If you sell your car, it’s best to notify the DVLA immediately so the new owner is registered as the keeper. Once they know you’re no longer the keeper, the DVLA should automatically refund you the car tax that’s left.
But how do you officially transfer car ownership? Let’s take a look.
What do I need to transfer vehicle ownership?
To transfer car ownership you need the V5C certificate, also called the logbook, in which you're registered as the keeper. You’re required by law to give the new owner the detachable V5C/2 slip that’s on the V5C certificate when you sell them the car.
Having sold the vehicle, you need to formally transfer car ownership with the DVLA so they register the new owner as the keeper. If you choose to do this by post, you have to send what remains of the V5C to the DVLA. Don’t forget to include the new owner’s details filled in on the logbook. You need the new owner’s full name and UK address.
You can also do the transfer with the DVLA online. But as well as the new owner’s personal information, you need the 11-digit reference number that’s on your V5C.
Why do I need to notify the DVLA of changing car ownership?
Whoever’s listed on the car’s V5C certificate as the current owner is the official keeper of the vehicle. They're responsible for getting it taxed, MOT’d and insured.
The person named as the keeper is also the initial contact for the police if someone driving the car commits a traffic offence. For example, if someone is caught speeding by roadside cameras.
If you fail to update the DVLA of the change of ownership, you may get a letter with a fine of £55. This fine is reduced to £35 if paid within 17 days.
If this is still not paid, the case could be put through the magistrates’ court, with a maximum penalty of £1,000.
How does the V5C certificate or logbook work?
The DVLA creates the V5C when a car is first registered and given to its first owner. Assuming ownership is being transferred through the post each time ownership changes, the V5C has to be updated with the new owner’s details. It’s then sent back to the DVLA.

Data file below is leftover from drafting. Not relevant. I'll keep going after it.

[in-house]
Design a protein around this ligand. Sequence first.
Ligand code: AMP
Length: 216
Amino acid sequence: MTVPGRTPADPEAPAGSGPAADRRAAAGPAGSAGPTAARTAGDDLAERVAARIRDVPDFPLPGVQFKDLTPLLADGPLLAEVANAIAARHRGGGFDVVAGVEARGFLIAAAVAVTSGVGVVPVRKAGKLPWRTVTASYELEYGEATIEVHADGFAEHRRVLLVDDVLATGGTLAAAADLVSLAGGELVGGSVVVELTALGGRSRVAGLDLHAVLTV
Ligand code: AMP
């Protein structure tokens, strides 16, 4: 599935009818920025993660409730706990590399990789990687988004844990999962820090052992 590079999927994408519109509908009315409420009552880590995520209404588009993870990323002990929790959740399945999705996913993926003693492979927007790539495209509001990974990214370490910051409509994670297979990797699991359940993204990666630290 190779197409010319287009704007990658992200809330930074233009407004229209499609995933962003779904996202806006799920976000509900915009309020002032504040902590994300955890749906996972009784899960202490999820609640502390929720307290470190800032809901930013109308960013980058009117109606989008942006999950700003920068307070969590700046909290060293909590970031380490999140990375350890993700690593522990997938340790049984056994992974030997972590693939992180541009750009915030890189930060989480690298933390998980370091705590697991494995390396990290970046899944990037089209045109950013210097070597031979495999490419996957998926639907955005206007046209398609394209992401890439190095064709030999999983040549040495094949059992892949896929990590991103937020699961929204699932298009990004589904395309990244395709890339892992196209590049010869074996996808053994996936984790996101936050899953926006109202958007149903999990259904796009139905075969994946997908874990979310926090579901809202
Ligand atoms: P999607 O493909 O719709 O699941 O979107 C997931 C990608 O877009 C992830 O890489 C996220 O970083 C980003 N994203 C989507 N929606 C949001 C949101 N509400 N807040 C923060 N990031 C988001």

If you’re the existing owner, your name and address should already be on the V5C. Provided you’re transferring car ownership to the person who’ll be the new keeper of the vehicle, all you need to do is complete section 2. This is headed ‘Selling or transferring my vehicle to a new keeper.’
You must fill in the new owner’s full name and UK address. You then post the logbook to the DVLA. The new owner should then get a new logbook from the DVLA within 4-6 weeks.
If you’re selling the car to a dealership or motor trader then you need to fill in section 4 instead. Section 5 of the V5C is for those who are looking to permanently export the car.
The V5C also includes various bits of information on the car itself, including:
Can I transfer car ownership online?
Yes, you can transfer car ownership online and you might find this is the simplest and easiest way of doing it. Transferring car ownership online is also more efficient for the DVLA, which means they might update the vehicle record quicker.
They can aim to send a fresh V5C to the new owner in just 3-5 days. This is a huge improvement on the 4-6 weeks it takes using the postal transfer process.
To transfer car ownership online, you need the 11-digit reference number that’s on the V5C. As with the postal transfer, you also need the new owner’s full name and UK address. All you need to do is input these details via a form on the DVLA portal.